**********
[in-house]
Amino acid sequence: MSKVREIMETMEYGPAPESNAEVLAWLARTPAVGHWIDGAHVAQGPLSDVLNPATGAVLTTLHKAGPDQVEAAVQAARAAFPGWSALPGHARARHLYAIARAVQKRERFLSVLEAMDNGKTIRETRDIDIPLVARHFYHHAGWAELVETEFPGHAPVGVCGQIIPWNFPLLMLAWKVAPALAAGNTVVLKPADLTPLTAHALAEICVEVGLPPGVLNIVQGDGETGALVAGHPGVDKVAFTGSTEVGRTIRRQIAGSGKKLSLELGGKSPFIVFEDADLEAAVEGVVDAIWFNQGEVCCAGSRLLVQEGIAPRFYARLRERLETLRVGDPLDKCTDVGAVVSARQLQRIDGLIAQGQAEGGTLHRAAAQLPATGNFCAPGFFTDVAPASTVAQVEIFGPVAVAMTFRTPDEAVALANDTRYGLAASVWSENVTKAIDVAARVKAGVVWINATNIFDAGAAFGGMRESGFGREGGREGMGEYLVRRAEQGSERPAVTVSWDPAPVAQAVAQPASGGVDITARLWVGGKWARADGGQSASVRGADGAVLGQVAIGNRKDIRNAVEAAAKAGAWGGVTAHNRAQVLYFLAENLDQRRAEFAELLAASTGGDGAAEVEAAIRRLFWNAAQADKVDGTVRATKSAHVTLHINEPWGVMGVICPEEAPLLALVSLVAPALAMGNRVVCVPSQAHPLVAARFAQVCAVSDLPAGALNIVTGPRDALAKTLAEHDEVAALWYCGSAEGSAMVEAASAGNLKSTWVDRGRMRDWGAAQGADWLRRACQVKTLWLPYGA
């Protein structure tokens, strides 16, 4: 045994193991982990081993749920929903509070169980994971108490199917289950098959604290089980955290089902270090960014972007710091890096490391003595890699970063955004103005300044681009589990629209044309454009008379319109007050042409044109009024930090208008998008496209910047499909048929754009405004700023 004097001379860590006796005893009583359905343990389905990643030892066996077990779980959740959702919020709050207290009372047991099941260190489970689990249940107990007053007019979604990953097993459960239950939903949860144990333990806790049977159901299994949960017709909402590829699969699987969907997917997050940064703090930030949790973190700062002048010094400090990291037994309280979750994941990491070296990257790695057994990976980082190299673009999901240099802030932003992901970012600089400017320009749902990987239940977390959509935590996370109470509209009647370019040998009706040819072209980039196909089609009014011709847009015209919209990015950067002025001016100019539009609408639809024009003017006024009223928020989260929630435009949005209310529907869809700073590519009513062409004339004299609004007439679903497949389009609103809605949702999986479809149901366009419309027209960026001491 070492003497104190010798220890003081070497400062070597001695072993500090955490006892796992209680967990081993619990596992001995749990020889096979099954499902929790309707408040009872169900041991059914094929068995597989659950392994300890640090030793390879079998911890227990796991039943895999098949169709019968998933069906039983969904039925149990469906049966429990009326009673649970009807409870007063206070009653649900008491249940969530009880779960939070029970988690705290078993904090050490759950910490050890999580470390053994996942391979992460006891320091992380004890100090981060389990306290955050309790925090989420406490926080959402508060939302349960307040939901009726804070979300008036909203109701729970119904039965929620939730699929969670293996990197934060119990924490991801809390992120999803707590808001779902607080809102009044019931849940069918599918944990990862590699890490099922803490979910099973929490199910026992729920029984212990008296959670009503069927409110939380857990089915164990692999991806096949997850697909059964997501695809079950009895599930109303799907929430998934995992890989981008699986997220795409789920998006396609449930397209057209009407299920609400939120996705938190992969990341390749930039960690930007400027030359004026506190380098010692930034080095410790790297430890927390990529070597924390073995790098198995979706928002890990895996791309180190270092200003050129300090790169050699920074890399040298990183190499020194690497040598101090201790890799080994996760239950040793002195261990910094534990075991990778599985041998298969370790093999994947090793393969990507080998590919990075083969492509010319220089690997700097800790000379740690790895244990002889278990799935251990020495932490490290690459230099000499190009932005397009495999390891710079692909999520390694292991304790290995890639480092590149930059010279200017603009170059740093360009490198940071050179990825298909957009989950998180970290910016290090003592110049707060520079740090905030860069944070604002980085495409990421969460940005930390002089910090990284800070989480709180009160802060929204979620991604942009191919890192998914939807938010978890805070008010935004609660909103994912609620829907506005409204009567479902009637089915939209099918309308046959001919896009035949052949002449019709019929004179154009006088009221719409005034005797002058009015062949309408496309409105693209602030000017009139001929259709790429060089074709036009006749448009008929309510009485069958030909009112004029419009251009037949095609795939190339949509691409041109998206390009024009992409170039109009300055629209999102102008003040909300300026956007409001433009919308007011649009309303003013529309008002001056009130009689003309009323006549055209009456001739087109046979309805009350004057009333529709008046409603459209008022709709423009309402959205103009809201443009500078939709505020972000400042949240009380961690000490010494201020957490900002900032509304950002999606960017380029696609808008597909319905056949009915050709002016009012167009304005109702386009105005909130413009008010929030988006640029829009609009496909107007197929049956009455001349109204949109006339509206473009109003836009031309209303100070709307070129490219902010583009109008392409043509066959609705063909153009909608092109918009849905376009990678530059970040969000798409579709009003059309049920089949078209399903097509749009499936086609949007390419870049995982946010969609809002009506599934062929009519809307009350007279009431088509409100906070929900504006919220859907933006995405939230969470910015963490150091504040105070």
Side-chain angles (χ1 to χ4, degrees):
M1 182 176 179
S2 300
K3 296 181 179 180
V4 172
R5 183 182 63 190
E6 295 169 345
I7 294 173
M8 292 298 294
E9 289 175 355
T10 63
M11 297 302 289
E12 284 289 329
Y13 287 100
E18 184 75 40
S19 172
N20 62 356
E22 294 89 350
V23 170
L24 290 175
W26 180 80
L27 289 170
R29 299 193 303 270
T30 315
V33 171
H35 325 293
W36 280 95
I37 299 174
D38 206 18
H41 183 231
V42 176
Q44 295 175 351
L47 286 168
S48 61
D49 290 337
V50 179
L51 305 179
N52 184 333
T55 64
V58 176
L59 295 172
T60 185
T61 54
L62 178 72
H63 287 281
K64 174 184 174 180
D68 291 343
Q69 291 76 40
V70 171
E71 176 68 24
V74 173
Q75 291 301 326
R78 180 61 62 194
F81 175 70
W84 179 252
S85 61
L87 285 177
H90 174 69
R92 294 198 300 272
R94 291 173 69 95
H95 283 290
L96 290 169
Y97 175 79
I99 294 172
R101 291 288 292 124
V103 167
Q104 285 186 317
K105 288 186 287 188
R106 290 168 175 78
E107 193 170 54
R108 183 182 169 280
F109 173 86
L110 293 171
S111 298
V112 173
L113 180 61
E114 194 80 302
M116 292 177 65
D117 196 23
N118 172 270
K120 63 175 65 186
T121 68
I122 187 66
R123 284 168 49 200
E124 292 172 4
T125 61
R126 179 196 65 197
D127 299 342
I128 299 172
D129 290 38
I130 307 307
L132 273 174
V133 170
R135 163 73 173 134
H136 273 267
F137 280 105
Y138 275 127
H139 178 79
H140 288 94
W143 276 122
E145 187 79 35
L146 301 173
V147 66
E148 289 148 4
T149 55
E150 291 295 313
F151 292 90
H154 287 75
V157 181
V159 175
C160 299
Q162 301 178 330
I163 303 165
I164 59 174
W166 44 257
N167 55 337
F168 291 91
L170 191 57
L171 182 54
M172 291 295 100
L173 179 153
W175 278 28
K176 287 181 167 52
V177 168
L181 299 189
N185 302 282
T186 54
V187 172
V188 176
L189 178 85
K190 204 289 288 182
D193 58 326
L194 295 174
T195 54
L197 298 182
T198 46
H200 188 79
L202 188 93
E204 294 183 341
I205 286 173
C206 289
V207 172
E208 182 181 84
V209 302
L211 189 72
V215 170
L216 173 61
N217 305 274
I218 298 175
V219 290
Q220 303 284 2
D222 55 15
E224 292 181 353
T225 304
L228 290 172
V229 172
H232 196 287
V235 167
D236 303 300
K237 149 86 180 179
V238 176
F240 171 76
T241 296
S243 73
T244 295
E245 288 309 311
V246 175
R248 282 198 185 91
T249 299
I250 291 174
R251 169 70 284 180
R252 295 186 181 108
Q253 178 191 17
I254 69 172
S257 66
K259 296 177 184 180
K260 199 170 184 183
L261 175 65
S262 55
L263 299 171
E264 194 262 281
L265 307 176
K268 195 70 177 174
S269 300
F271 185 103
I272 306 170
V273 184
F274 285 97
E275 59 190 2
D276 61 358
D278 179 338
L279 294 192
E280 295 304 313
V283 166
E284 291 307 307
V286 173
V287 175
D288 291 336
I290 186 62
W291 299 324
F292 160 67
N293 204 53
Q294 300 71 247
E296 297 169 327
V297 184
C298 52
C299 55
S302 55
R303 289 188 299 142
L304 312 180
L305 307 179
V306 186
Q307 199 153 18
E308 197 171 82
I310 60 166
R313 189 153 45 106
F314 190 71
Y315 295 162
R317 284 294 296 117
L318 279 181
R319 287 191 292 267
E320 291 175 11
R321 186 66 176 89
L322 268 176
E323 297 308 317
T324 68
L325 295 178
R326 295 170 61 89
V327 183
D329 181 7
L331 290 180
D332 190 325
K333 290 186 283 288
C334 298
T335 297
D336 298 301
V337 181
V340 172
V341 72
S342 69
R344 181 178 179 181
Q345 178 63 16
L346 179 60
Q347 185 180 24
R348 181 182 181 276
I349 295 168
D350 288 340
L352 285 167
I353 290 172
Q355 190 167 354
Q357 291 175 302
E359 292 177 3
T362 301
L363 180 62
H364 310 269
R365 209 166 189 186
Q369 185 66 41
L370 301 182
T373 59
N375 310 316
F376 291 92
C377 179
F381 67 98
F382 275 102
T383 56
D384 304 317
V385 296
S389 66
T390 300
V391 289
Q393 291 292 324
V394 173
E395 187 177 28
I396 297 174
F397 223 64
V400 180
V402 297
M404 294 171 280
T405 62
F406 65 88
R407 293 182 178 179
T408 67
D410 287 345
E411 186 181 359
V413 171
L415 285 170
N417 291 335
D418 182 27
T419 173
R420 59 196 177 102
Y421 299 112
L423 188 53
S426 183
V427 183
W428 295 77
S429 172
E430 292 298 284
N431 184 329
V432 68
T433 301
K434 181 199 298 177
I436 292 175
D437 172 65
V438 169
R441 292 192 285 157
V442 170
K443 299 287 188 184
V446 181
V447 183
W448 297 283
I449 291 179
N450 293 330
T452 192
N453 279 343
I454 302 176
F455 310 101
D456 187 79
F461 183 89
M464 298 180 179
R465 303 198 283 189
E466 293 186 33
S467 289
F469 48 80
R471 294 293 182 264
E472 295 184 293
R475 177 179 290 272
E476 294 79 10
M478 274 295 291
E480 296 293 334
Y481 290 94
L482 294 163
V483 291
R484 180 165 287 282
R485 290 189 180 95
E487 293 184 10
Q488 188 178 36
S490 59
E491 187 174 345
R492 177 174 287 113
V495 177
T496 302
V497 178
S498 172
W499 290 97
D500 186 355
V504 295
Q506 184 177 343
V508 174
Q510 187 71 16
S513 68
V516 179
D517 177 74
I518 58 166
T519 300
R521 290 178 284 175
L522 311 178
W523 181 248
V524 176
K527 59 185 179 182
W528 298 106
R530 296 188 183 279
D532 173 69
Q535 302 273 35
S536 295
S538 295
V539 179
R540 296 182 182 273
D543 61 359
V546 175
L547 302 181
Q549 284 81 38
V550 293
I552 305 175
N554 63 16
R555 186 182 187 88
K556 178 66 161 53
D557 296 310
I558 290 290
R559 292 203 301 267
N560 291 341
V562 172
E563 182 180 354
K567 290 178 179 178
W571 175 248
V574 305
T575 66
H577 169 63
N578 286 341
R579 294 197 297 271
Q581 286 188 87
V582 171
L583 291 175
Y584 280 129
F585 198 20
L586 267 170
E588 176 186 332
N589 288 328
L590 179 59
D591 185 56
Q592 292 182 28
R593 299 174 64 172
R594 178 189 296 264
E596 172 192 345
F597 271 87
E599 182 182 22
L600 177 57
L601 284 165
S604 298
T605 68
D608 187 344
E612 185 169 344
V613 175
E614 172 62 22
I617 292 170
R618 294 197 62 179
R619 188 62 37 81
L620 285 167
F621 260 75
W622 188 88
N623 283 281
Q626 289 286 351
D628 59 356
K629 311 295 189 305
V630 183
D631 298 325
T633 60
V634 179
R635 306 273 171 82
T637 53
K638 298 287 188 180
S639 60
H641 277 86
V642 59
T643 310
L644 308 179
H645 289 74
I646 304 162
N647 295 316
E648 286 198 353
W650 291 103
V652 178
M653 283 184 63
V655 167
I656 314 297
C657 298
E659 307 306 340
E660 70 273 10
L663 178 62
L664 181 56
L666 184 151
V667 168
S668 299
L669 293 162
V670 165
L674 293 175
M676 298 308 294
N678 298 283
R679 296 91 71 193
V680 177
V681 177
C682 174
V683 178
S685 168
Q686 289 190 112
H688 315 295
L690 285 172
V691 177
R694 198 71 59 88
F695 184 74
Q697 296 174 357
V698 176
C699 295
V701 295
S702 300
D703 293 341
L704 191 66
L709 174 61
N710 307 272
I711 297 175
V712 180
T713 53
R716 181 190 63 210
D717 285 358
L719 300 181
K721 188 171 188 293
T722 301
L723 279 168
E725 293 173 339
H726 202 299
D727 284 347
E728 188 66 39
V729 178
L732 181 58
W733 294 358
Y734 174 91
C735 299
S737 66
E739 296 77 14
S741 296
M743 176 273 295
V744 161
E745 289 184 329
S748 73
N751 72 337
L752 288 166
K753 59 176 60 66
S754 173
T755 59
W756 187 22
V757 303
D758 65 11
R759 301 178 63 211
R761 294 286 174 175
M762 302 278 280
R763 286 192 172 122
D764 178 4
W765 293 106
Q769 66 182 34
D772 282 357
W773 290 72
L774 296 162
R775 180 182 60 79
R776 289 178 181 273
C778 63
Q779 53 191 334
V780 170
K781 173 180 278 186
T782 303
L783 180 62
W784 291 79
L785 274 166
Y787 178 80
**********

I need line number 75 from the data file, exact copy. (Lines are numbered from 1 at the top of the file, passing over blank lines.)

F109 173 86